There is no more time or space for misplaced pride and there is nothing to justify arrogance. The time has come for humility in South African cricket and the time has come to acknowledge the Kings of the sport, the best team in the world. Australia.
Ricky Ponting’s team were at least 25% better than any of their rivals and they showed it at the Wanderers on Sunday. It is not a crime to learn from their ways and methods and it does not mean that individuality has to be sacrificed. South African cricket can, and will still have its own identity in the years to come whether they are brave enough to copy the World Champions or not. Imitation is the best form of flattery.
The Aussies raised themselves very close to the peak of their collective powers for their opening game against Pakistan because it was crucial to their campaign. When that victory was secured, and with it a place in Super Sixes, they allowed themselves to relax. They did not feel it was a crime to do that, they simply knew it would impossible to stay ‘intense’ for 11 matches.
Before ‘soft’ games against Holland and Namibia the players were allowed to visit Sun City to play golf, to spend a few days in the city rather than stay in sleepy Potchefstroom and to enjoy a late night or two with good food and wine. They were responsible for their own actions – mess up and they would have been punished. Just look at Shane Warne, cut from the squad like a cancerous mole.
Other teams employ a host of ‘managers’ who take it as their duty to protect, discipline and molly-coddle their players. Australians are not merely allowed to think for themselves and be responsible for their own actions, they are expected to. The captain and his senior players do not tolerate ‘rifts’ between the team itself, the team and the media or the team and anyone else, sponsors, public or administrators.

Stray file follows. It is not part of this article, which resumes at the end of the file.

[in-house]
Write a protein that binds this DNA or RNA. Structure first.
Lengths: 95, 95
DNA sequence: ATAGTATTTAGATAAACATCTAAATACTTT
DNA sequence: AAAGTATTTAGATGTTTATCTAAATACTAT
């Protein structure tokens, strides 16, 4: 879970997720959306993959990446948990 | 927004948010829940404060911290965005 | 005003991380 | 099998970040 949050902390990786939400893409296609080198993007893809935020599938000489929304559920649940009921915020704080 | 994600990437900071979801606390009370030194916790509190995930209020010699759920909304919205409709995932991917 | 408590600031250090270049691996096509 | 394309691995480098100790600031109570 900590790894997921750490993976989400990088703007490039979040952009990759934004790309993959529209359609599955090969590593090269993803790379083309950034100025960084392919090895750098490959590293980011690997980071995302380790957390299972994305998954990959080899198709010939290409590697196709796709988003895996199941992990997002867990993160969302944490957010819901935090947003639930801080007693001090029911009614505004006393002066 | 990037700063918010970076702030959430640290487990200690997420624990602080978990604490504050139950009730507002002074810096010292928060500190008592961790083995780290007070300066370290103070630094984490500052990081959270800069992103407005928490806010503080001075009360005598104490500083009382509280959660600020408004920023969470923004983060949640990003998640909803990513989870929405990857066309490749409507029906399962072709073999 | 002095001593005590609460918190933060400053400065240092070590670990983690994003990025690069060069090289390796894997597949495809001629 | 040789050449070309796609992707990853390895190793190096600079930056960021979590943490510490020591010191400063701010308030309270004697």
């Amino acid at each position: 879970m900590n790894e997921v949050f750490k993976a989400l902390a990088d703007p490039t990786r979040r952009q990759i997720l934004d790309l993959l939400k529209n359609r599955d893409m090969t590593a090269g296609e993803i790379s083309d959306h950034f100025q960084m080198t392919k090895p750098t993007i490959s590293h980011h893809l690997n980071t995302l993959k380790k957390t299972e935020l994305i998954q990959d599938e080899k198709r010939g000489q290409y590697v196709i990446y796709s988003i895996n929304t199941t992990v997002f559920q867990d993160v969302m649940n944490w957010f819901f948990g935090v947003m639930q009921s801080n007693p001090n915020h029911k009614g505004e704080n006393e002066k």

Petulance and sulking is simply not tolerated and if a meeting has to be ‘forced’ in order to address an issue, then it will be. If heads have to knocked together, they will be.
They may have hugged each other to within a breath of unconsciousness after winning the World Cup but, believe it or not, the Australian squad does not get along 15 brothers. But when a player doesn’t like something about a team mate you can be sure they have discussed their differences before they take the field. And if that means agreeing to disagree, then so be it. But they’ll still die for each other on the field.
Academies, coaching, funding, sports science, government backing and decent, accountable administrators all play a far more important role but without a few personal, social skills the South African team will always struggle. It’s simply no longer acceptable to look after yourself and spend all your free time with your best friend.
Alienated players do not perform to the best of their ability. No one is alienated in the Australian team, even the awkward customers, and there are a few of them, I promise you.
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